3. Nath T., Mathis A., Chi Chen A., Patel A., Bethge M., Weyandt Mathis M. Using DeepLabCut for 3D markerless pose estimation across species and behaviors. (accessed Dec 5 2018).
4. Insafutdinov E., Pishchulin L., Andres B., Andriluka M., Schiele B. DeeperCut: a deeper stronger, and faster multi-person pose estimation model. European Conference on Computer Vision (Springer, NY, USA, 2016) 34-50.
5. Insafutdinov E., Pishchulin L., Gehler P., Schiele B., 2D human pose estimation: new benchmark and state of the art analysis, Proceedings if the IEEE Conference on Computer Vision and Pattern Recognition (IEEE, Piscataway, NJ, USA, 2014) 3686-3693.
6. Sousa N., Almeida O.F., Wotjack C.T.A Hitchiker's Guide to Behavioral Analysis in Laboratory Rodents. Genes Brain Behav. 2006, 5 (Suppl. 2) 5-24.
7. Maghsoudi O.H., Tabrizi A.V., Robertson B., Spence A., Superpixels Based Marker Tracking vs. Hue Thresholding in Rodent Biomechanics Application. (2018).
8. Kabra M., Robie A. A., Rivera-Alba M., Branson S., Branson K. JAABA: Interactive Machine Learning for Automatic Annotation of Animal Behavior. Nat methods. 2012, 10, 64-67.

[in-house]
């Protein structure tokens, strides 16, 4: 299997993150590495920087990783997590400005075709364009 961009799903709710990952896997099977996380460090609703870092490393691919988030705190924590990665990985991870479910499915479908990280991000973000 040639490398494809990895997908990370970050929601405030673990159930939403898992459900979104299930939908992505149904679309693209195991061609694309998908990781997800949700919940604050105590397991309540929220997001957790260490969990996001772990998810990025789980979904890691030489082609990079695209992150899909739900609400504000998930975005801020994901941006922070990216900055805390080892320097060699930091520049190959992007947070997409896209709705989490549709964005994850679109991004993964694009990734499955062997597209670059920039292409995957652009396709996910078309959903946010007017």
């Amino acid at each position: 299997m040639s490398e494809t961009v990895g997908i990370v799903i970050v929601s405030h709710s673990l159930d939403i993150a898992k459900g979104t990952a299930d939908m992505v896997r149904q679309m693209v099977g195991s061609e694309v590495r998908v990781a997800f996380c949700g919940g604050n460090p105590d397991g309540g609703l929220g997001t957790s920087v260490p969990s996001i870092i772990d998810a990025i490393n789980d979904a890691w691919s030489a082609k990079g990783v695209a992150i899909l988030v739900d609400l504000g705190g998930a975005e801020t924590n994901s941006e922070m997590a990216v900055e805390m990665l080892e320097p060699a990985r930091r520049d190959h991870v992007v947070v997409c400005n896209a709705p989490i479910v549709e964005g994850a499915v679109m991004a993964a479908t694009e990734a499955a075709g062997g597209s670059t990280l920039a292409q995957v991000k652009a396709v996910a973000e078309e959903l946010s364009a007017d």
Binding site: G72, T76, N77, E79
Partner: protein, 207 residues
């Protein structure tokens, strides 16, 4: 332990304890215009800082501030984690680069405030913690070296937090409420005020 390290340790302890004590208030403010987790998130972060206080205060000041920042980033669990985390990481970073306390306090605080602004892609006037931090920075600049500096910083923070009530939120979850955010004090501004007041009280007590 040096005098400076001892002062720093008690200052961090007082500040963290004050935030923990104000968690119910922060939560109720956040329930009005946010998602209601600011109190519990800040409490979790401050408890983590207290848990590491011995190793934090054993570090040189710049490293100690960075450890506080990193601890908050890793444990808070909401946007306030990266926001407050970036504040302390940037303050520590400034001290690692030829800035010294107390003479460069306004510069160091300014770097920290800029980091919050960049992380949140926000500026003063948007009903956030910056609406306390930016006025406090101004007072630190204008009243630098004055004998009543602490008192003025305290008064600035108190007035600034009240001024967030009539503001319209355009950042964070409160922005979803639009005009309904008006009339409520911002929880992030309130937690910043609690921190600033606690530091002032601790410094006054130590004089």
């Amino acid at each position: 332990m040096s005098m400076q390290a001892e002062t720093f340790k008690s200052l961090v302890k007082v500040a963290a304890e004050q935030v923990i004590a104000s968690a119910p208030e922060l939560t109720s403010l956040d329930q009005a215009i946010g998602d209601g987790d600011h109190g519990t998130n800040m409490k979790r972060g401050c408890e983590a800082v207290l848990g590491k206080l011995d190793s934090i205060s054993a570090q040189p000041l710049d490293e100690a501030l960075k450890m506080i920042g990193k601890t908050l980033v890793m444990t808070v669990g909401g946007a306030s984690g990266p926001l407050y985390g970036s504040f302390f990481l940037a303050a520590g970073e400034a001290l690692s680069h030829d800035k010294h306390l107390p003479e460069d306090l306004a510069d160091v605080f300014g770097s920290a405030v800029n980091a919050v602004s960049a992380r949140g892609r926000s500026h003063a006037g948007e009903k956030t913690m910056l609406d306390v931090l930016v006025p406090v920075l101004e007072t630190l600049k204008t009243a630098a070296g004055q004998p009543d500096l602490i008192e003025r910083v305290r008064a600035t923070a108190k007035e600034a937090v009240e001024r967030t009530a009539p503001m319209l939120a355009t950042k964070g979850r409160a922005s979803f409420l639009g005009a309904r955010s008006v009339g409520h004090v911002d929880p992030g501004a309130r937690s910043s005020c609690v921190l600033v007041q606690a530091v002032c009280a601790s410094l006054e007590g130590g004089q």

9. Drai D. and Golani I. SEE: A tool for the Visualization and Analysis of Rodent Exploratory Behavior. Neurosci Biobehav Rev.2001 25(5) 409-26.
10. Gomez-Marin A., Partoune N., Stephens G.J., Louis M., Brembs B., Automated Tracking of Animal Posture and Movement during Exploration and Sensory Orientation Behaviors. PLoS One. 2012 7(8) e41642.
11. Dawson T.M., Golde T.E., Laiger-Tourenne C. Animal models of Neurodegenerative Diseases. Nat Neurosci. 2018 21 1370-1379.
12. Krakauer J.W., Ghazanfar A.A., Gomez-Marin A., MacIver M.A., Poeppel D. Neuroscience Needs Behavior: Correcting a Reductionist Bias. Neuron. 2017 93 480-490.
13. OmicX. Animal Behavior Tracking Software Tools. (accessed Dec 5 2018).